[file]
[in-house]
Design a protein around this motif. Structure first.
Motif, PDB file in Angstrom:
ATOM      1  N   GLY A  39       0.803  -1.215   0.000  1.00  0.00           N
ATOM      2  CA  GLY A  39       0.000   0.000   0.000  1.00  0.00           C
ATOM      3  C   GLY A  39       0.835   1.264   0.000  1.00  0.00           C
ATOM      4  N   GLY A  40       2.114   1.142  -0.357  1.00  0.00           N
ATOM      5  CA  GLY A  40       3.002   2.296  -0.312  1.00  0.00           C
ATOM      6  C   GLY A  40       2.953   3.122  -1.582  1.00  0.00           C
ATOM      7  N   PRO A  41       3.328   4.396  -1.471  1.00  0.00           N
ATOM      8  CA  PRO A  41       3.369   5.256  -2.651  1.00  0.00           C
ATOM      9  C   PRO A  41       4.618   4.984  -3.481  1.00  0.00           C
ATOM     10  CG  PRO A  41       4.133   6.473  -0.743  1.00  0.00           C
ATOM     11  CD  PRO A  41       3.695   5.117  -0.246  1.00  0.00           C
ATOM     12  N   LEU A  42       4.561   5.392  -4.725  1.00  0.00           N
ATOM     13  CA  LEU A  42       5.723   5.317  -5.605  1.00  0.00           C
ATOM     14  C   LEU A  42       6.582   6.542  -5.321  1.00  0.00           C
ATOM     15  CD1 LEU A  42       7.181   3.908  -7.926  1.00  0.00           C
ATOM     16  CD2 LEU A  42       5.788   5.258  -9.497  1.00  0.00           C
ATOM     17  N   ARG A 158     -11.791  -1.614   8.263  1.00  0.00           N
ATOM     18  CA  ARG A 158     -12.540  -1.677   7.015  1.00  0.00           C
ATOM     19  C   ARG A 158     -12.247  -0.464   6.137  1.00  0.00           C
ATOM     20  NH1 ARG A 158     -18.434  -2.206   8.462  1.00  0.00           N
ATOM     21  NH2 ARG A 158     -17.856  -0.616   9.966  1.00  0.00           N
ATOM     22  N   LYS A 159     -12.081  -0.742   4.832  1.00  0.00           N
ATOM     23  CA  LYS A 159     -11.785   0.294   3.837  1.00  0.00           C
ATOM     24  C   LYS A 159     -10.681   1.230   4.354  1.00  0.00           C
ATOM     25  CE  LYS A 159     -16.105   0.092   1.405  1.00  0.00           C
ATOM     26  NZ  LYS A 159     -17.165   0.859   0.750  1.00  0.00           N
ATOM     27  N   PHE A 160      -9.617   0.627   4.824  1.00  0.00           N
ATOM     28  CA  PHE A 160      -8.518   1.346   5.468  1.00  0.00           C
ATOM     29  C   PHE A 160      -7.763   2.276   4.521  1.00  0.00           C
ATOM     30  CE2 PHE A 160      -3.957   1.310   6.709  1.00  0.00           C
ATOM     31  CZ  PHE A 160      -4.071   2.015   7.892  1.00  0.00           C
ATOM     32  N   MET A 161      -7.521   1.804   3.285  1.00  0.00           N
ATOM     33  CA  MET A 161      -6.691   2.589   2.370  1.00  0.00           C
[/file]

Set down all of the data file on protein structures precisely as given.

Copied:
[in-house]
Design a protein around this motif. Structure first.
Motif, PDB file in Angstrom:
ATOM      1  N   GLY A  39       0.803  -1.215   0.000  1.00  0.00           N
ATOM      2  CA  GLY A  39       0.000   0.000   0.000  1.00  0.00           C
ATOM      3  C   GLY A  39       0.835   1.264   0.000  1.00  0.00           C
ATOM      4  N   GLY A  40       2.114   1.142  -0.357  1.00  0.00           N
ATOM      5  CA  GLY A  40       3.002   2.296  -0.312  1.00  0.00           C
ATOM      6  C   GLY A  40       2.953   3.122  -1.582  1.00  0.00           C
ATOM      7  N   PRO A  41       3.328   4.396  -1.471  1.00  0.00           N
ATOM      8  CA  PRO A  41       3.369   5.256  -2.651  1.00  0.00           C
ATOM      9  C   PRO A  41       4.618   4.984  -3.481  1.00  0.00           C
ATOM     10  CG  PRO A  41       4.133   6.473  -0.743  1.00  0.00           C
ATOM     11  CD  PRO A  41       3.695   5.117  -0.246  1.00  0.00           C
ATOM     12  N   LEU A  42       4.561   5.392  -4.725  1.00  0.00           N
ATOM     13  CA  LEU A  42       5.723   5.317  -5.605  1.00  0.00           C
ATOM     14  C   LEU A  42       6.582   6.542  -5.321  1.00  0.00           C
ATOM     15  CD1 LEU A  42       7.181   3.908  -7.926  1.00  0.00           C
ATOM     16  CD2 LEU A  42       5.788   5.258  -9.497  1.00  0.00           C
ATOM     17  N   ARG A 158     -11.791  -1.614   8.263  1.00  0.00           N
ATOM     18  CA  ARG A 158     -12.540  -1.677   7.015  1.00  0.00           C
ATOM     19  C   ARG A 158     -12.247  -0.464   6.137  1.00  0.00           C
ATOM     20  NH1 ARG A 158     -18.434  -2.206   8.462  1.00  0.00           N
ATOM     21  NH2 ARG A 158     -17.856  -0.616   9.966  1.00  0.00           N
ATOM     22  N   LYS A 159     -12.081  -0.742   4.832  1.00  0.00           N
ATOM     23  CA  LYS A 159     -11.785   0.294   3.837  1.00  0.00           C
ATOM     24  C   LYS A 159     -10.681   1.230   4.354  1.00  0.00           C
ATOM     25  CE  LYS A 159     -16.105   0.092   1.405  1.00  0.00           C
ATOM     26  NZ  LYS A 159     -17.165   0.859   0.750  1.00  0.00           N
ATOM     27  N   PHE A 160      -9.617   0.627   4.824  1.00  0.00           N
ATOM     28  CA  PHE A 160      -8.518   1.346   5.468  1.00  0.00           C
ATOM     29  C   PHE A 160      -7.763   2.276   4.521  1.00  0.00           C
ATOM     30  CE2 PHE A 160      -3.957   1.310   6.709  1.00  0.00           C
ATOM     31  CZ  PHE A 160      -4.071   2.015   7.892  1.00  0.00           C
ATOM     32  N   MET A 161      -7.521   1.804   3.285  1.00  0.00           N
ATOM     33  CA  MET A 161      -6.691   2.589   2.370  1.00  0.00           C